LeBron Haters Are as Short on Memory as the Cavs Were on Supporting Cast

James WongCorrespondent IMay 15, 2010

BOSTON - MAY 07:  Antawn Jamison #4, Mo Williams #2, LeBron James #23 and Shaquille O'Neal #33 of the Cleveland Cavaliers walk to the bench during a game against  the Boston Celtics during Game Three of the Eastern Conference Semifinals during the 2010 NBA Playoffs at TD Banknorth Garden on May 7, 2010 in Boston, Massachusetts. NOTE TO USER: User expressly acknowledges and agrees that, by downloading and or using this photograph, User is consenting to the terms and conditions of the Getty Images License Agreement. (Photo by Jim Rogash/Getty Images)
Jim Rogash/Getty Images

Let's start by looking at how the Cleveland Cavaliers' elimination has affected the media in terms of the legendary LeBron James.

Despite his incredible body of work over the past seven years, suddenly LeBron is no longer the man, unable to fulfill his potential and to put it bluntly...a loser. 

Seriously people? 

How quickly people jumped on the LeBron James bandwagon during his high school years, and how quickly it seems people are abandoning him after one terrible game followed by a sub-par game by his lofty standards. 

By the way, that "sub-par" game a triple-double of 27 points, 19 rebounds, and 10 assists, in addition to 3 steals. 

Yes, I know it was on a miserable 38 percent shooting from the field, but let's put things into perspective.

Firstly, I'll start off by saying I acknowledge it seems LeBron James does not have the killer instinct of Jordan, Bryant, and even Wade (see '06 Finals). That being said, he has still hit clutch shots and put on some amazing fourth quarter performances throughout his career. At the end of the day that is still something that could come with time, seeing as he is only 25 years of age. 

So in response to all the ridiculous criticism of LeBron that has taken place, let me point out a few things that contributed far greater to Cleveland's elimination than the "sub-par" play of James. Below are the statistics for the Cleveland-Boston series.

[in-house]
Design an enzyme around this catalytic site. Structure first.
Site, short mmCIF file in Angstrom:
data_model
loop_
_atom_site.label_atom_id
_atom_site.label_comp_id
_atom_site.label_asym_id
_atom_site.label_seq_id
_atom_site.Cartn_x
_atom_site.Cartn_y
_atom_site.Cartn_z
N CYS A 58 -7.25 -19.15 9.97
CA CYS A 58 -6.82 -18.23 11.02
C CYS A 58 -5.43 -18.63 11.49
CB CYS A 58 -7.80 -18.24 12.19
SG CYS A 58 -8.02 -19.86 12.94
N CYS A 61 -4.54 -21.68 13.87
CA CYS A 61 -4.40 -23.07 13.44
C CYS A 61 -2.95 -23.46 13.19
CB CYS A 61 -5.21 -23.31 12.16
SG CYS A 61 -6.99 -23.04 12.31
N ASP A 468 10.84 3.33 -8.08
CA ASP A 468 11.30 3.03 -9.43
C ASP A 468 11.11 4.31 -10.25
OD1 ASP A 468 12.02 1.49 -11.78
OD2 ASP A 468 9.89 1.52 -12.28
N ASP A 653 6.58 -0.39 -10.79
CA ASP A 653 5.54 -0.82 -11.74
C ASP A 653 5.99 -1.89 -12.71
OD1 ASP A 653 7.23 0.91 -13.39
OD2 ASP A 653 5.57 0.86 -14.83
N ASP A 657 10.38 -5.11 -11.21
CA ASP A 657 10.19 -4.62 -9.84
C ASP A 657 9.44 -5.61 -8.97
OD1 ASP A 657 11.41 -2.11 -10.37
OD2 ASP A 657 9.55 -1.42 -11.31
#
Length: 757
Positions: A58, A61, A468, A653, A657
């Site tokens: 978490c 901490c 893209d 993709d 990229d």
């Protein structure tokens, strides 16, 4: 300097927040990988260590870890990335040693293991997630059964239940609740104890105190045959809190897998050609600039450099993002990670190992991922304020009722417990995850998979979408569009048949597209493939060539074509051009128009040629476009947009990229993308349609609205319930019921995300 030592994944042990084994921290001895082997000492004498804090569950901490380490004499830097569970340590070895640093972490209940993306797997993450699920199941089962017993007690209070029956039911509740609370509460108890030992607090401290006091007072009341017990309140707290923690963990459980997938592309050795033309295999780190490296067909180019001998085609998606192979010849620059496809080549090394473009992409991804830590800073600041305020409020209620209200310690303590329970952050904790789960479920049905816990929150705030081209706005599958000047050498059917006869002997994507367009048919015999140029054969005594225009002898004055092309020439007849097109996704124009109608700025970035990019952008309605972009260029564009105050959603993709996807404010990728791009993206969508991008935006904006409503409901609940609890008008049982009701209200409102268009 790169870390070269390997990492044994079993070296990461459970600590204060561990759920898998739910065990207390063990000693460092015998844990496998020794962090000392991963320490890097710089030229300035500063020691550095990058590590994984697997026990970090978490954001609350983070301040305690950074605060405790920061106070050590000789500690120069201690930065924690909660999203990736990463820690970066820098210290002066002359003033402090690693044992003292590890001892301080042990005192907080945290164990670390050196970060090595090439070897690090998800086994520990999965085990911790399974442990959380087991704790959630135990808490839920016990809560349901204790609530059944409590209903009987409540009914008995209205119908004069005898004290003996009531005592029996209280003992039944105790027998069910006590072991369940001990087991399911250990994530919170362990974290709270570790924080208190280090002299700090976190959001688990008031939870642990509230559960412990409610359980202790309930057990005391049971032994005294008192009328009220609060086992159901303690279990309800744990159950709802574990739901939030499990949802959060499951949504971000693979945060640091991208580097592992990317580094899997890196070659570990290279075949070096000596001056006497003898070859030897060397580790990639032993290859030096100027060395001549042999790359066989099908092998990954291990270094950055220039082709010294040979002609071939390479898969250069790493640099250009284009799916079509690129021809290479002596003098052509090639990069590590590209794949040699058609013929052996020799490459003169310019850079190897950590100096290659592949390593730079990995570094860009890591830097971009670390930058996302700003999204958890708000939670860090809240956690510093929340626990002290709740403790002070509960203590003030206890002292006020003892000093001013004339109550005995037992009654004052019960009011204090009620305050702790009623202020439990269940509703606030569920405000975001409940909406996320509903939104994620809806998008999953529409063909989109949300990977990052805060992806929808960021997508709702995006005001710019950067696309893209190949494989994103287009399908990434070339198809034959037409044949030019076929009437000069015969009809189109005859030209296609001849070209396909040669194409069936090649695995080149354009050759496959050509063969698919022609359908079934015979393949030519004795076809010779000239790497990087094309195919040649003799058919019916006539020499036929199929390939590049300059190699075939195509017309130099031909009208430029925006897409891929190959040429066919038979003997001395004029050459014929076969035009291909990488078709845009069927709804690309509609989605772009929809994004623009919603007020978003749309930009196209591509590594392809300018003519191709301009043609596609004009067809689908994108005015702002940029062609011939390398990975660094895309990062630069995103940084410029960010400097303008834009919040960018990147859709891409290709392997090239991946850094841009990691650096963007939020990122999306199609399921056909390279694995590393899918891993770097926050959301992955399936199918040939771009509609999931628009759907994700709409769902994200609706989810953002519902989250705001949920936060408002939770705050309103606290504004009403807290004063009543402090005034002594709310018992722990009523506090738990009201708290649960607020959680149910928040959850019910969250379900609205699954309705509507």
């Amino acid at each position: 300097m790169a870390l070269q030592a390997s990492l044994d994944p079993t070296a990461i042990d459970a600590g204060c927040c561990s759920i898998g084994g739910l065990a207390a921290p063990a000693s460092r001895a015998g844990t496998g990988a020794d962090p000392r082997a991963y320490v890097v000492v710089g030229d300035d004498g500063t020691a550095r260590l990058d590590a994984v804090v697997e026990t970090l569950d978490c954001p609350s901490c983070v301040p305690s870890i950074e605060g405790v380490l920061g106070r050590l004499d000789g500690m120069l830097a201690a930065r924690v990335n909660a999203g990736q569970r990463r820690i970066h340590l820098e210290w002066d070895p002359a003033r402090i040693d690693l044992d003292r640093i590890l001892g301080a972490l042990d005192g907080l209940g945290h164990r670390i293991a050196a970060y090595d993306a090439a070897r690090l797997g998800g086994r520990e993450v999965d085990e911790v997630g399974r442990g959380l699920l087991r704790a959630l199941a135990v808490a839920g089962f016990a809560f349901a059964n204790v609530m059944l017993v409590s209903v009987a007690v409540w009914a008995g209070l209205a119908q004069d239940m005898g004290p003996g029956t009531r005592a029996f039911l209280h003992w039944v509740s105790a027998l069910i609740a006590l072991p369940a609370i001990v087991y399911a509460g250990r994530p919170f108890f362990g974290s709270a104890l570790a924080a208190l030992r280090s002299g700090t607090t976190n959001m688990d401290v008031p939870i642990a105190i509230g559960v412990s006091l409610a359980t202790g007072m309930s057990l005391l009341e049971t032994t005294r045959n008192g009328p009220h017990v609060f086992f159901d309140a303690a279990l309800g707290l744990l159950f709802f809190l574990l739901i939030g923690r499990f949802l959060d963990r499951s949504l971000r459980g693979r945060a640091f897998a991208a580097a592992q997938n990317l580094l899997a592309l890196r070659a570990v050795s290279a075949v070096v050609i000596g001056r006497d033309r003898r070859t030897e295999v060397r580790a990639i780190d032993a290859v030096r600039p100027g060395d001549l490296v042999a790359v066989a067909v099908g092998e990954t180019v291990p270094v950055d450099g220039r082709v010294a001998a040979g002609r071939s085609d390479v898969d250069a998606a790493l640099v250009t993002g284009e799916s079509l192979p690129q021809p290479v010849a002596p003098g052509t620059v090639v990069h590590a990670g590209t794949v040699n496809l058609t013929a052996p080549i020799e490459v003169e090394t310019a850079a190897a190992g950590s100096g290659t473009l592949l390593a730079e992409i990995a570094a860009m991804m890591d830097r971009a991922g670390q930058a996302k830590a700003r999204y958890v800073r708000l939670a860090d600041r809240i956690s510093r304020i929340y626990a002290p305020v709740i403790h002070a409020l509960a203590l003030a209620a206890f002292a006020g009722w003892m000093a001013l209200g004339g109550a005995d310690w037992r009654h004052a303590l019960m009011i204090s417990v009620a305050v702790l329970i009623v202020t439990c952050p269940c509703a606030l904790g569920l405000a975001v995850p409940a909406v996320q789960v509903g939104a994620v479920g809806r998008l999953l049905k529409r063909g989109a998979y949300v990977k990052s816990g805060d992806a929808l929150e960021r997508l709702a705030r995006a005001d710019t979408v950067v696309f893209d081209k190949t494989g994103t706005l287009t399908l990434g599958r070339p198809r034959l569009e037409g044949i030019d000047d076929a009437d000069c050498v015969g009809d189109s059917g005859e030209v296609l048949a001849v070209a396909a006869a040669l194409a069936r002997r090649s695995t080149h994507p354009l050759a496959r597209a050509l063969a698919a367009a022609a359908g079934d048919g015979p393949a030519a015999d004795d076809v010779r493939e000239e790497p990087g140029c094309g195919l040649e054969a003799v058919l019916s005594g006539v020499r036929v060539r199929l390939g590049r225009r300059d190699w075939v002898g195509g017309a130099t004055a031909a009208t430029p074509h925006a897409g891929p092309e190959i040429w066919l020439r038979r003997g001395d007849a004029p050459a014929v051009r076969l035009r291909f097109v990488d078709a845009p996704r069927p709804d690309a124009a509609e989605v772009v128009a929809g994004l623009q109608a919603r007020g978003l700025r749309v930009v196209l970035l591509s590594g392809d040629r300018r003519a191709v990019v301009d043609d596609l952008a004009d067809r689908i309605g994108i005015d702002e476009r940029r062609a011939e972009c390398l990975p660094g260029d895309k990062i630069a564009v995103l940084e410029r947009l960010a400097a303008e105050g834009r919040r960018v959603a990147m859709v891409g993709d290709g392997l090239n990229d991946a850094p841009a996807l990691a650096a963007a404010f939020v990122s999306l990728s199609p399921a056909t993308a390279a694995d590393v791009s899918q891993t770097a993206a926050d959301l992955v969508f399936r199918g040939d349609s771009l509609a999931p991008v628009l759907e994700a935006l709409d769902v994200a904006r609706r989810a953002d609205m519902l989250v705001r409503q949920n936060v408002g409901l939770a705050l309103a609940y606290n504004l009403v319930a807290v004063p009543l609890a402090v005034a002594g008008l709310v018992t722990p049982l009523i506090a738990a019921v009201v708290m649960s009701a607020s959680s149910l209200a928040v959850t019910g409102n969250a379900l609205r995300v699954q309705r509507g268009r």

LeBron James: 26.8 PPG, 9.3 RPG, 7.2 APG, 2.17 SPG, 1.33 BPG, 4.50 TO, 45% FG

Antawn Jamison - 11.8 PPG, 7.3 RPG, 42% FG, 3/16 from three

Mo Williams - 13.3 PPG, 3.5 RPG, 5.5 APG, 40% FG, 4/19 from three

Shaquille O'Neal - 13.5 PPG, 5.0 RPG, 52% FG

Based on his scoring alone, LeBron accounted for more points than Antawn Jamison and Mo Williams combined. Seriously? Those two guys were brought in to be LeBron's All-Star partners in crime, and they contribute just over 25 PPG between the two of them, in the most important playoff series to date this season? 

That's not even taking into account LeBron's 7.2 APG, which means he actually accounted for 42 PPG (27 from scoring, 15 from assists). 

I can't comprehend whose contributions are worse, Jamison or Williams.

Jamison was brought over at the trade deadline to be that 20/10 guy for the Cavaliers. He was absolutely dominated in the Cleveland-Boston series and much of the blame should be placed on him considering he is a multiple time All-Star.

While Jamison is clearly a better player than Williams, maybe the blame should be placed more on Mo. After all it's only by playing with LeBron that Mo ever earned his first All-Star appearance. This series brutally exposed (just the same as last year) that Mo Williams is not an All-Star player. He is a glorified starter due to playing next to the best player on the planet. 

Clearly, this team did not have the championship caliber-talent or experience to get to the Finals. Only Shaq is a proven winner and at this stage in his career he can't get it done like he used to. Give him credit though, unlike Jamison and Mo, at least he was trying! 

At the end of the day, all this is being written with one aim: To try and help people get some perspective.

Don't hate LeBron because he didn't live up to your lofty expectations. You all dubbed him "The King" just as much as he dubbed the title upon himself. 

Look at the teams left in the playoff picture, they all have at least two major contributors if not three or four. 

Orlando: Howard, Carter, Nelson, Lewis.

Boston: Rondo, Garnett, Pierce, Allen.

Los Angeles: Bryant, Gasol, Bynum, Odom, Fisher.

Phoenix: Nash, Stoudemire, Richardson, Hill.

It's already been proved that one player can't get it done in the playoffs. If you don't know this you obviously haven't been watching Dwyane Wade for the past two years. Despite his early playoff exits it is still apparent he is one of the very best players in the NBA if not the world. 

So give 'Bron a break. All the media attention and hype has built up expectations so much that the majority of the scrutiny he is receiving is unwarranted.

His role in Cleveland's elimination is definitely there, but it's weight in comparison to the responsibility of his teammates and the coaching staff has been completely blown out of proportion (with that being said I haven't even gotten into the inability of Mike Brown to get the rotations right!). 

LeBron James is an incredible talent, with an unbelievably bright future. He has the talent and potential to go down as one of the very greatest to lace up a pair. Don't let your misguided perceptions hinder you from recognizing his greatness.